Black '47 Reviews
Easily the most anticipated Irish film of the last decade or so, Black '47 is advertised as the "first film about the Great Famine". And were this true, it would undoubtedly occupy a canonical place in Irish artistic output. However, it isn't the first film about the Famine. It's the first film set during the Famine, but it isn't about the Famine. This is a genre film, a revenge western set against the backdrop of the Famine. The Famine is not the film's central theme, nor does it attempt to engage with it on a national scale. And if you accept that, there's actually quite a lot here to admire.
Black '47 has no intentions of dealing with the Famine on a national scale, but using the Famine as a backdrop for a genre exercise is a wise choice - it allows limited engagement by way of a plot-driven story, without setting up massive expectations and unconquerable thematic hurdles. No Famine narrative could ever depict a protagonist righting all the wrongs, because no such person existed. However, the contained story of Fenney's (James Frecheville) revenge is more than aware of that. He is never painted as someone out to liberate the country, spurred on by the wrongs done to him personally. He wants revenge on the people who wronged him; he has no aspirations of saving Ireland.
In terms of how the film represents the Famine, apart from its importance to the plot, co-screenwriter/director Lance Daly uses a number of "quintessential Famine images". These include one of the first shots in the film, which shows a skull sinking into the wet mud, representing the dead and their connection to the land (a little on the nose, but it does the job); when Ellie (Sarah Greene) first appears, she looks like Caitlin Ni Uallachain, the implication being that Ireland itself is literally dying; when she and her children are evicted, the scene is very much an archetype of such evictions; a Catholic priest warning the starving peasants not to "take the soup"; peasants taking the soup; grain being stockpiled for export to England; bedraggled peasants huddled at the gates of an affluent estate; multiple references to emigration. In point of fact, although the Famine is essentially just background, Daly works hard to make sure the viewer never forgets what's happening beyond the edges of the frame, by occasionally allowing it within the frame.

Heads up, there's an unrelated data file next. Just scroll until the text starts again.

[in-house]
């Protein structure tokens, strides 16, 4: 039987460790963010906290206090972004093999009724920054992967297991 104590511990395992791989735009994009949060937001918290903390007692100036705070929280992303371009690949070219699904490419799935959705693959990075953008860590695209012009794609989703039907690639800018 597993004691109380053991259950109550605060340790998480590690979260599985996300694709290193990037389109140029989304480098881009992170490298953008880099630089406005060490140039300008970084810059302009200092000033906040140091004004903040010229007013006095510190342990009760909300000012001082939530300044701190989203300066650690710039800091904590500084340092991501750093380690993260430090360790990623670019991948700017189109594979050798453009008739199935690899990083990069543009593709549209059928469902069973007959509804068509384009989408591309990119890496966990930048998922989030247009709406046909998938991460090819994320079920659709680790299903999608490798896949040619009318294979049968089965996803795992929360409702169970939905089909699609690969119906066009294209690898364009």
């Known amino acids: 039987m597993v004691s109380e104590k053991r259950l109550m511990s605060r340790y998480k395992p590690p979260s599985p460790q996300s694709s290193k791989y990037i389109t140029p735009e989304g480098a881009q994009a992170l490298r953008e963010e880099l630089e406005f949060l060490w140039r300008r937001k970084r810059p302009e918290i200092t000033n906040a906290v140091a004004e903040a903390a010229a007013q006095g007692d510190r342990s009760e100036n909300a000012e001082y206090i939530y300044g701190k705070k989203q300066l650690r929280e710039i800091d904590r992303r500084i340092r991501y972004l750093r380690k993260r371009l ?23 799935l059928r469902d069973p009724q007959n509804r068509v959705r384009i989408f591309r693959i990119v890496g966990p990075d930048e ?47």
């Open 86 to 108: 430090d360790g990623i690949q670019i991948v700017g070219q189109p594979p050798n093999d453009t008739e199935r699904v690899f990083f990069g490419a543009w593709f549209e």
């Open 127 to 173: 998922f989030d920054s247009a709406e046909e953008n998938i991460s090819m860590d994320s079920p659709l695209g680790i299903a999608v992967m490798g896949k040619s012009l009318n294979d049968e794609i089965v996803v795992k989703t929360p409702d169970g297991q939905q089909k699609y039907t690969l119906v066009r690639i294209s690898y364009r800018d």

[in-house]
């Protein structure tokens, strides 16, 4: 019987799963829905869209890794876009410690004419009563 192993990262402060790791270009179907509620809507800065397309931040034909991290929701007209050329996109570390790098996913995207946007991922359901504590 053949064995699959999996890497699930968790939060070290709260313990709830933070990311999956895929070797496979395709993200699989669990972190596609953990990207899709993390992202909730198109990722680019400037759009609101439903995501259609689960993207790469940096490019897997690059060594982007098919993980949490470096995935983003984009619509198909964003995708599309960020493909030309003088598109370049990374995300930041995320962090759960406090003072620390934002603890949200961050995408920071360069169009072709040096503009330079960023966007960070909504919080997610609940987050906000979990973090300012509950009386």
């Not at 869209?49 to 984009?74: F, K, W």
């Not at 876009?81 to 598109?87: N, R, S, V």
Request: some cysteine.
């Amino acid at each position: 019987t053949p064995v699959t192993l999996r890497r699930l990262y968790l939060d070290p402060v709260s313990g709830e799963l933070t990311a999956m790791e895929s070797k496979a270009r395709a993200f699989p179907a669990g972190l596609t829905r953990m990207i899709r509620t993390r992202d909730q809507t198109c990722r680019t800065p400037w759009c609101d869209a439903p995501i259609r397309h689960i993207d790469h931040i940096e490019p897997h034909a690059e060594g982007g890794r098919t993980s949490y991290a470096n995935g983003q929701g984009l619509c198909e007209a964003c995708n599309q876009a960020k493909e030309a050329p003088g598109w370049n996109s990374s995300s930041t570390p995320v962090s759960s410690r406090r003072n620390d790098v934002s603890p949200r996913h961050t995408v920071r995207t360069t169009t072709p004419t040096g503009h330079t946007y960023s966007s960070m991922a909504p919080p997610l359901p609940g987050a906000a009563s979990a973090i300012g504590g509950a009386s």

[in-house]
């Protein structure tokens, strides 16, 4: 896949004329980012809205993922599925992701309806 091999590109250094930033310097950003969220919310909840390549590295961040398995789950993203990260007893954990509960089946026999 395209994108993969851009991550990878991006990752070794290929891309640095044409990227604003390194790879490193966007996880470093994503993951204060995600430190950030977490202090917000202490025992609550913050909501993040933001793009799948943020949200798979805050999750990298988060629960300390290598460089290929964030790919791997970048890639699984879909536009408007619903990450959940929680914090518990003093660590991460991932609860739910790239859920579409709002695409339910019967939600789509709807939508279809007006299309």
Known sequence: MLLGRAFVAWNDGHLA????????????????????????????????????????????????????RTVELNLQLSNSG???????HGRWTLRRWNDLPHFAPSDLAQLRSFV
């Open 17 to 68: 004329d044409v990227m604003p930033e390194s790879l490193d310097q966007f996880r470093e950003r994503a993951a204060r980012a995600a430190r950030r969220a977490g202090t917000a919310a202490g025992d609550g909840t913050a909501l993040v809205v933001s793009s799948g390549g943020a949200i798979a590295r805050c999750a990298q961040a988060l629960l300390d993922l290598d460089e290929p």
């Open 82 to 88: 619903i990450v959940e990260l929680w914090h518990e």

Perhaps the most long-lasting effect of the Famine is that it decimated the Irish language. The Famine is why this review is in English, and why I can speak only a few sentences in my native tongue. In seven years, the Famine did what the English couldn't manage in 700 - it destroyed that which defined us as a people, our very national identity. However, not only are large sections of Black '47 in Irish, the film actually uses the Irish language as an important recurring motif. For example, Fenney speaks both English and Irish, but he makes a conscious decision to only speak Irish, even when talking to non-Irish speakers. The film also shows a judge erupting in anger as peasants in his courtroom, unable to speak English, begin to converse in Irish, whilst Lord Kilmichael refers to Gaeilge as "that aboriginal gibberish". However, the most important scene concerning the Irish language is in the Protestant soup kitchen - when the priest asks a peasant his name, the man replies "Seamus O Suilleabhain". The priest turns to a translator, who responds, "James Sullivan". This speaks to the Anglicisation of Irish place names by the British, itself an attempt to destroy the language and undermine our sense of place. Daly never allows the devastating effect the Famine had on the language to fade into the background, and the narrative is all the better for it.